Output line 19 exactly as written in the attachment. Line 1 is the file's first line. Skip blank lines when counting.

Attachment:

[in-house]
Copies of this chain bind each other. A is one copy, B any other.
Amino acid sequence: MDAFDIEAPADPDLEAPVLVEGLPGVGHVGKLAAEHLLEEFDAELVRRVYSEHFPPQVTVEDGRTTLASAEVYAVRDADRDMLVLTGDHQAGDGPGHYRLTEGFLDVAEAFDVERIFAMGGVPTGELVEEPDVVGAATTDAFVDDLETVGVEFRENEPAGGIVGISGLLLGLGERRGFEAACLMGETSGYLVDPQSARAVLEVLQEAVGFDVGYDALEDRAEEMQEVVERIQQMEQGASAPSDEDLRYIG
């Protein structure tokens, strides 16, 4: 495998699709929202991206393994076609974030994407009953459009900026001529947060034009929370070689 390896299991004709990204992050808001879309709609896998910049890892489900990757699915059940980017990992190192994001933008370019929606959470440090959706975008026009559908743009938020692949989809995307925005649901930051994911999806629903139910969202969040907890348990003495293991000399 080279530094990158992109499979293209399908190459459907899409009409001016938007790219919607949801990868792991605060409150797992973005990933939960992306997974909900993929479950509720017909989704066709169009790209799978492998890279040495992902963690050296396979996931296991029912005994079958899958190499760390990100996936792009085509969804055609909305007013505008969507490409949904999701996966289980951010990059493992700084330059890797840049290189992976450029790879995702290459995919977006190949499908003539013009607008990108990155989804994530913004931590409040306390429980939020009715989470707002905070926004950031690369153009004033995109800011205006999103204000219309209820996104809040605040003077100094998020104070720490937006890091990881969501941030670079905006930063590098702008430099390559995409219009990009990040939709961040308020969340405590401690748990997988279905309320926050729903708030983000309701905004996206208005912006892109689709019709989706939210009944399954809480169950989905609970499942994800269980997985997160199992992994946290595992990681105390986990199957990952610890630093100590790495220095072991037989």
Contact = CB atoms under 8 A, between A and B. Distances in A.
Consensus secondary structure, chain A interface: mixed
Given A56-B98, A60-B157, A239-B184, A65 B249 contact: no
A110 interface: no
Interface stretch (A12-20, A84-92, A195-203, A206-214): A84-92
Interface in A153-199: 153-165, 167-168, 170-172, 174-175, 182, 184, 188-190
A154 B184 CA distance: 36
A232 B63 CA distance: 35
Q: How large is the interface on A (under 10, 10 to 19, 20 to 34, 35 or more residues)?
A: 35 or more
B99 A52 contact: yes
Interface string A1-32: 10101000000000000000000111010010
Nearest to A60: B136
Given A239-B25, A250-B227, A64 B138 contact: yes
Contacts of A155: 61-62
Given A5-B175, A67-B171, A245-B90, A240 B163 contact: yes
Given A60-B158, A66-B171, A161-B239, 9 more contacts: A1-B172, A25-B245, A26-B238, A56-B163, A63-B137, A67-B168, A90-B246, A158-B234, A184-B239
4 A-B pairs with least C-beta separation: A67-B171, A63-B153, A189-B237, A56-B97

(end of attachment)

Contacts of A155: 61-62